Across the Universe (film)

Infobox Film
name = Across the Universe

caption = Theatrical release poster
director = Julie Taymor
producer = Jennifer Todd
Suzanne Todd
Charles Newirth
writer = Julie Taymor
Dick Clement
Ian La Frenais
starring = Evan Rachel Wood
Jim Sturgess
Joe Anderson
Dana Fuchs
Martin Luther McCoy
T.V. Carpio
music = Elliot Goldenthal
John Lennon
Paul McCartney
George Harrison
Ringo Starr
cinematography = Bruno Delbonnel
editing = Francoise Bonnot
distributor = Columbia Pictures
Revolution Studios
released = September 14, 2007 (l)
October 12, 2007
runtime = 133 min.
country = USA
language = English
budget = $45 million
gross = $28,862,809
website =
amg_id = 1:331031
imdb_id = 0445922

"Across the Universe" is a 2007 musical film directed by Julie Taymor, produced by Revolution Studios, and distributed by Columbia Pictures. It was released in the United States on October 12, 2007. The script is based on an original story credited to Taymor, Dick Clement, and Ian La Frenais that incorporates 33 compositions written by members of The Beatles.

The film, directed by Taymor, stars Evan Rachel Wood, Jim Sturgess, Joe Anderson, and T.V. Carpio, and it introduces Dana Fuchs and Martin Luther McCoy as actors. There are cameo appearances made by Bono, Eddie Izzard, Joe Cocker, Salma Hayek, and others.

Opening to mixed reviews, "Across the Universe" was nominated for both a Golden Globe and an Academy Award. Two members of the supporting cast Carol Woods (singer / actress) and Timothy T. Mitchum performed as part of a special Beatles tribute at the 50th Grammy Awards.


The film plot relates the interweaving stories of several characters set against the backdrop of the turbulent 1960s. The arc of the storyline spans from the early innocent part of the decade to the politically-charged later years of the decade. [ [ Movie Review] New York Times, September 14, 2007.]

The story starts in the mid 1960s with a young shipyard worker in Liverpool named Jude (Jim Sturgess). Against the wishes of his girlfriend, he enlists in the merchant navy and travels by ship to the United States, jumping ship in New York in search of his American G.I. father, Wes (Robert Clohessy), whom he has never met and who does not know his son exists. He learns that his father works at Princeton, and he befriends a Princeton student, Max (Joe Anderson), a rebellious young man from a privileged background, and then meets Max's sister Lucy (Evan Rachel Wood). Max drops out of college and moves to New York City, accompanied by Jude. Max works as a taxi driver, while Jude pursues work as a freelance artist. They become roommates in a bohemian enclave where they share an apartment with other people, most notably Sadie (Dana Fuchs), their landlady, who is an aspiring singer and a representation of Janis Joplin. Other residents include Jojo (Martin Luther McCoy), a guitarist who represents Jimi Hendrix, who arrives from Detroit after the death of his younger brother during the 12th Street riot; and Prudence (T.V. Carpio), a young bisexual woman who had hitchhiked to New York City from Dayton, Ohio. After Lucy's boyfriend, Daniel (Spencer Liff), goes to the Army in the draft, and is then killed in the Vietnam War, she goes to New York to visit Max before she starts college, despite the fact that her parents aren't very pleased with the idea.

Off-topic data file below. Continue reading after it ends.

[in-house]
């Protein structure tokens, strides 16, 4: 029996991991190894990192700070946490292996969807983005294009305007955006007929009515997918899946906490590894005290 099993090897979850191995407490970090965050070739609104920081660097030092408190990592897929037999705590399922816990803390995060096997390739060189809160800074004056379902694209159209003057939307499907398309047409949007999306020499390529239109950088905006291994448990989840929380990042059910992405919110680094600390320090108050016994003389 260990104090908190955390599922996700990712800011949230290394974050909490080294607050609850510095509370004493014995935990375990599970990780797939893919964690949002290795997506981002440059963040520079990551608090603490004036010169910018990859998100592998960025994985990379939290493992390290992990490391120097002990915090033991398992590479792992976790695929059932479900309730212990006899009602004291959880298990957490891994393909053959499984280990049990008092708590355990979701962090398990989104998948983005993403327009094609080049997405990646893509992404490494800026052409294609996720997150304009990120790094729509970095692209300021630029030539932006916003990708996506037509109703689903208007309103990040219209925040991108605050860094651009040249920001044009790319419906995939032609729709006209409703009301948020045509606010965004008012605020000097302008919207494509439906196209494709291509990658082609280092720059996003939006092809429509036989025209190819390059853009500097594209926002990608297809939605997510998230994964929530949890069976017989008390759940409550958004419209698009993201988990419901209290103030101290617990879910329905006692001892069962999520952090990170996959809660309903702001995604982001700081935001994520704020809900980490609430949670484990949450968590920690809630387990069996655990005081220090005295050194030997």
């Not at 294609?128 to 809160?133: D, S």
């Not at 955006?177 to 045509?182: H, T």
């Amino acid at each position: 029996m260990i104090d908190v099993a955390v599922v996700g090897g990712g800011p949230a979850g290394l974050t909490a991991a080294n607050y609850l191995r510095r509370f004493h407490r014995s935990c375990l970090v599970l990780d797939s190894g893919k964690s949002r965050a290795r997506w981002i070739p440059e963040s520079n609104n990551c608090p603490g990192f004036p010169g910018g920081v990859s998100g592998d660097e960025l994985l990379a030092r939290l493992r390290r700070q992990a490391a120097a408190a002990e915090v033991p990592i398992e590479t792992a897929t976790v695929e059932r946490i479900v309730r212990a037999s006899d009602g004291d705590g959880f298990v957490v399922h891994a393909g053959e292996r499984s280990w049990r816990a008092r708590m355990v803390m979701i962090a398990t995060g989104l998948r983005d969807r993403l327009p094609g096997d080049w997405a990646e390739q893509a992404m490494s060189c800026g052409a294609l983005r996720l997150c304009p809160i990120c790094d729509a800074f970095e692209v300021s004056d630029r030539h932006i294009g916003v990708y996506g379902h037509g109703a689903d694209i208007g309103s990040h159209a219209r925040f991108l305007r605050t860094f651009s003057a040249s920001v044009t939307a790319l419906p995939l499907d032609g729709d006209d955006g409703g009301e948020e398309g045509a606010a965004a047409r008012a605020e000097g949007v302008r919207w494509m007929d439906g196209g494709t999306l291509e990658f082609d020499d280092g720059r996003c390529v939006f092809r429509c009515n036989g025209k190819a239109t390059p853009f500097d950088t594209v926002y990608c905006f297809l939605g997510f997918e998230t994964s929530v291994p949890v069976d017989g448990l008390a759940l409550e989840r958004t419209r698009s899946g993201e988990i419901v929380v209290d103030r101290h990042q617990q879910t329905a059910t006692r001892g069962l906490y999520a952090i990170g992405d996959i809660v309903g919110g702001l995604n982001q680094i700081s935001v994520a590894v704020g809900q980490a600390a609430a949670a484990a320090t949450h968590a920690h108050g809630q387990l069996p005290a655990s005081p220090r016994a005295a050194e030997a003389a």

Romantic relationships develop between Lucy and Jude, and between Sadie and Jojo. One night, Prudence (who seemingly holds a crush on Sadie) becomes depressed, and hides in the closet the entire night. Realizing where she is, the rest of the cast coax her out of the closet, showing that they completely accept her sexuality. She then leaves the enclave and joins Mr. Kite's Circus, where she finally decides she belongs. When Max is drafted and sent to Vietnam, Lucy becomes involved in an anti-war movement, while Jude remains comparatively apolitical. Jude becomes unhappy with the amount of time she spends with the political group, suspecting that its leader Paco is a . Jude's art and his relationship with Lucy both start to falter. Meanwhile, Sadie has formed a band, Sadie and the Po Boys (reference to a line in Down on the Corner), with Jojo as her lead guitarist. She gains the attention of a manager who signs her to a record label, but wants her to drop her backing band. She agrees, and this leads to a bitter break up between Sadie and Jojo, both musically and romantically. Sadie leaves to go on tour, while Jojo plays guitar in a local bar.

Meanwhile, the differences and tensions between Jude and Lucy escalate. One day, Jude storms into the offices of the political group where Lucy works, and after pointing out the hypocrisy and potential violence that they are heading toward, is kicked out. This leads to an argument between the couple, which results in Lucy leaving Jude. Jude finds her at an anti-war demonstration at Columbia University during which many protesters, including Lucy, are arrested. Pushing through the crowd to help her, Jude is also beaten and arrested. Though Wes convinces the police not to press charges for actions at the protest, he cannot prove that Jude is his son (and thus an American citizen), and Jude is deported back to England. Going back to work at the Liverpool shipyards, Jude encounters his old girlfriend, Molly. She is now pregnant by a former friend and co-worker from the shipyard, named Desmond (a reference to Ob-La-Di, Ob-La-Da), who smugly kisses Molly on the cheek (which does not upset the apathetic Jude).